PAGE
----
Obama Touts Detroit, Chicago Manufacturing Job Creation

The president hopes to continue using federal monies to spur industry.

President Barack Obama speaks while meeting with members of the Democratic Governors Association in the State Dining Room of the White House on Feb. 21, 2014, in Washington, D.C.

Congress has failed to pass a bipartisan, pro-manufacturing bill supported by President Obama, seen here meeting with members of the Democratic Governors Association on Friday at the White House.

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President Barack Obama said Tuesday he was pushing forward with his “opportunity agenda,” announcing two new public-private manufacturing partnerships - one in Detroit, one in Chicago.

The announcement builds on promises made in his State of the Union address and pairs public funding with local consortia awarded grants based on applications. About a month ago, Obama made a similar announcement in North Carolina.

“This is a moment when our economy is growing,” he said during remarks at the White House, but noted Congress has failed to pass a bipartisan, pro-manufacturing bill he supports. His administration will plow ahead as a result, he said.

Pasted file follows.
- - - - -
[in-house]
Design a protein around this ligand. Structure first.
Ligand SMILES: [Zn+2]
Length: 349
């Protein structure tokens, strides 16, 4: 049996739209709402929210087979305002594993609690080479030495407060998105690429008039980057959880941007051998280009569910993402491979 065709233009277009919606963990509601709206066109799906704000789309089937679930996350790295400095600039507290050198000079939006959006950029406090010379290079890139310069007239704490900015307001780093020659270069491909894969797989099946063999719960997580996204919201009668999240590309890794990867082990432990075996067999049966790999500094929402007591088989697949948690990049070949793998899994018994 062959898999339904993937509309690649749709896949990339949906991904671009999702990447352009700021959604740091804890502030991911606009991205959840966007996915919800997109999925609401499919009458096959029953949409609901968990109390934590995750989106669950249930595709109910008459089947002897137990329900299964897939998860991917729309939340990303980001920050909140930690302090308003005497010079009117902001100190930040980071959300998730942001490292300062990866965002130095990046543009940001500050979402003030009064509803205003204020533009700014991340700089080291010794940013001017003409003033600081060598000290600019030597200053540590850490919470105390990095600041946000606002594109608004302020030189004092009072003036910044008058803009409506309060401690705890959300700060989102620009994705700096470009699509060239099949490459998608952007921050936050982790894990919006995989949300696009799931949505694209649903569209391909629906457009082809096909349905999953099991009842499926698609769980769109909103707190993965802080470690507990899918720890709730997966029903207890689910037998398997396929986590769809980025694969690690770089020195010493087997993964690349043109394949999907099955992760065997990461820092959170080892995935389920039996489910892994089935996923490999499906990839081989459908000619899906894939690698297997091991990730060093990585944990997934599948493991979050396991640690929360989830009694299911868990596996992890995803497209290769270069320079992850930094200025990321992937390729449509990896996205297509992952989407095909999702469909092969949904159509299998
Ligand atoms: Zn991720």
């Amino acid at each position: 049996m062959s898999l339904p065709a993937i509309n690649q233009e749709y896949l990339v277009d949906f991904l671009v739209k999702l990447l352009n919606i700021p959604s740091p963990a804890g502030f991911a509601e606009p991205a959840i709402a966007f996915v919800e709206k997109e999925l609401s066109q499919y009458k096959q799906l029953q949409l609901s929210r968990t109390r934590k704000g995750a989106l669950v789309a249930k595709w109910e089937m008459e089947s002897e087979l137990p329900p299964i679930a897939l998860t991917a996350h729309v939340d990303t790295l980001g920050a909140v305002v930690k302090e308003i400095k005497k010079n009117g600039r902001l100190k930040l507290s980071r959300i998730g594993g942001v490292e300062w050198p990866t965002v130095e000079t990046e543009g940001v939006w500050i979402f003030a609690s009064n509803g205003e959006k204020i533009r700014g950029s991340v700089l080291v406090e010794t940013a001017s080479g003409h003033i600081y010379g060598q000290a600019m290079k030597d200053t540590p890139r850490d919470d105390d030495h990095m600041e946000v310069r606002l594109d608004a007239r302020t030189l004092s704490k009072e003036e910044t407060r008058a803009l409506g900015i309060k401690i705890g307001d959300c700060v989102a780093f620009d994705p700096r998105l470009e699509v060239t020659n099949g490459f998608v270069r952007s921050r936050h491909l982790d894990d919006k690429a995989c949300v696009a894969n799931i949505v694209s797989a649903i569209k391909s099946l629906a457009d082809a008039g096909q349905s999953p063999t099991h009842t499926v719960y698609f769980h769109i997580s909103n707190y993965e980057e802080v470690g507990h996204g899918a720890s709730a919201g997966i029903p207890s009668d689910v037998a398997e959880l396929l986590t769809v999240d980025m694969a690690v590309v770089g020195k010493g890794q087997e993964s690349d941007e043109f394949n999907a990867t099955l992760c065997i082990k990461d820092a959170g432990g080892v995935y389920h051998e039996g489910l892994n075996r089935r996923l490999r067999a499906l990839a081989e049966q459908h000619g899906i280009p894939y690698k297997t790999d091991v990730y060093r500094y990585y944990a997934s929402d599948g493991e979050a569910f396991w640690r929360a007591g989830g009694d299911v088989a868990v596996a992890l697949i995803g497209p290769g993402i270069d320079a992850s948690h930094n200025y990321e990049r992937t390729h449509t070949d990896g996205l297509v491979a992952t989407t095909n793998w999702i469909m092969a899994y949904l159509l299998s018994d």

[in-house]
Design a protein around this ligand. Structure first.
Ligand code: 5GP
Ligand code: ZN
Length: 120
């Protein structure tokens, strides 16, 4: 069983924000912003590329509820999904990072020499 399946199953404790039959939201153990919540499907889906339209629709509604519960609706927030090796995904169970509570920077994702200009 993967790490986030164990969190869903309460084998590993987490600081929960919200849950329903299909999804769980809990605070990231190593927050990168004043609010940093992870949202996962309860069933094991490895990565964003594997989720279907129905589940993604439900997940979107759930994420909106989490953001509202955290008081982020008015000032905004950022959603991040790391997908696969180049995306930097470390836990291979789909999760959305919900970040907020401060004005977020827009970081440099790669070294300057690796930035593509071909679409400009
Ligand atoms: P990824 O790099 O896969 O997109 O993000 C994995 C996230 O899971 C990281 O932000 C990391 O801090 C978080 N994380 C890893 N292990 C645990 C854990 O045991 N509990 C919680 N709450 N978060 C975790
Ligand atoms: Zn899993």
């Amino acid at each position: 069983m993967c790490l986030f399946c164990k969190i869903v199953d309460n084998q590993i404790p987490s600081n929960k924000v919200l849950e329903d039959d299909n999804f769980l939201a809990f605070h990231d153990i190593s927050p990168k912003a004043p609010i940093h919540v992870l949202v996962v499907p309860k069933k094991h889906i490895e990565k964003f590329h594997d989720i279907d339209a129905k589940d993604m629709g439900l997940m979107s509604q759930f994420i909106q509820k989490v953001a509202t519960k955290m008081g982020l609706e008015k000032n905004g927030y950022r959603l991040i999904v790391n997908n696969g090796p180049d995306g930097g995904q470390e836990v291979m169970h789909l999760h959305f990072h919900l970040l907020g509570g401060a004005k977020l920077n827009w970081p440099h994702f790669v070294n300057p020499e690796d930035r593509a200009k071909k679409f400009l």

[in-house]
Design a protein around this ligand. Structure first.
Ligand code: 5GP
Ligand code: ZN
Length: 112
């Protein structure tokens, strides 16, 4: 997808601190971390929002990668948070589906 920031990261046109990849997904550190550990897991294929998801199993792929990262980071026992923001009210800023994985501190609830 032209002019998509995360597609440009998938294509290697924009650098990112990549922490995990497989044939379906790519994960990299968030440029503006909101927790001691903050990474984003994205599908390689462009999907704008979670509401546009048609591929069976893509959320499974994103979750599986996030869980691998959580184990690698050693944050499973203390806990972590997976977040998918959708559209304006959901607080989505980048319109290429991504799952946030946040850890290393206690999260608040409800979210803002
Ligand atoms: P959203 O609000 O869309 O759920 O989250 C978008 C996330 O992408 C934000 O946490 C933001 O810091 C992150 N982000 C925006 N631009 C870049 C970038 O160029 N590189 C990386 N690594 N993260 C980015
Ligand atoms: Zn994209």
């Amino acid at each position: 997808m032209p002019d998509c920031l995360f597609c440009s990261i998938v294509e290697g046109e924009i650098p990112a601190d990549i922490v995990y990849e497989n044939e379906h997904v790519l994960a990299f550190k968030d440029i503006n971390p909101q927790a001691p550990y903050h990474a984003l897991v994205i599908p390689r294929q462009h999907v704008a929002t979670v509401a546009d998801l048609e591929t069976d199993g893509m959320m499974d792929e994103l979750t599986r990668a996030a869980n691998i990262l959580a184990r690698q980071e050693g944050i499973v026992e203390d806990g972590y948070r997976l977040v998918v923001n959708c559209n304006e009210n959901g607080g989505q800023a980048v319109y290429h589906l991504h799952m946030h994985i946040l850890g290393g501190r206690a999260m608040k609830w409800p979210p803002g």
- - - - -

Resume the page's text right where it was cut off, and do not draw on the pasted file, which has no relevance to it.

[READ: Stop Trying to Make the "Manufacturing Renaissance" Happen]

“Too many workers are working too hard for too little,” Obama said. “It’s our job to reverse that trend.”

Heading into midterm elections where Democrats are focusing on income inequality as a top campaign issue, Obama outlined the four components of his “opportunity agenda.” They include creating more jobs with better wages, training workers with the skills necessary to fill job openings, providing universal access to quality education and making sure that hard work pays off, he said.

The Detroit consortium will focus on lightweight, modern metals manufacturing and the Chicago group will have a focus on digital manufacturing and design - the two were awarded a combined $140 million federal grant paired with more than $140 million in non-federal monies, according to a White House release.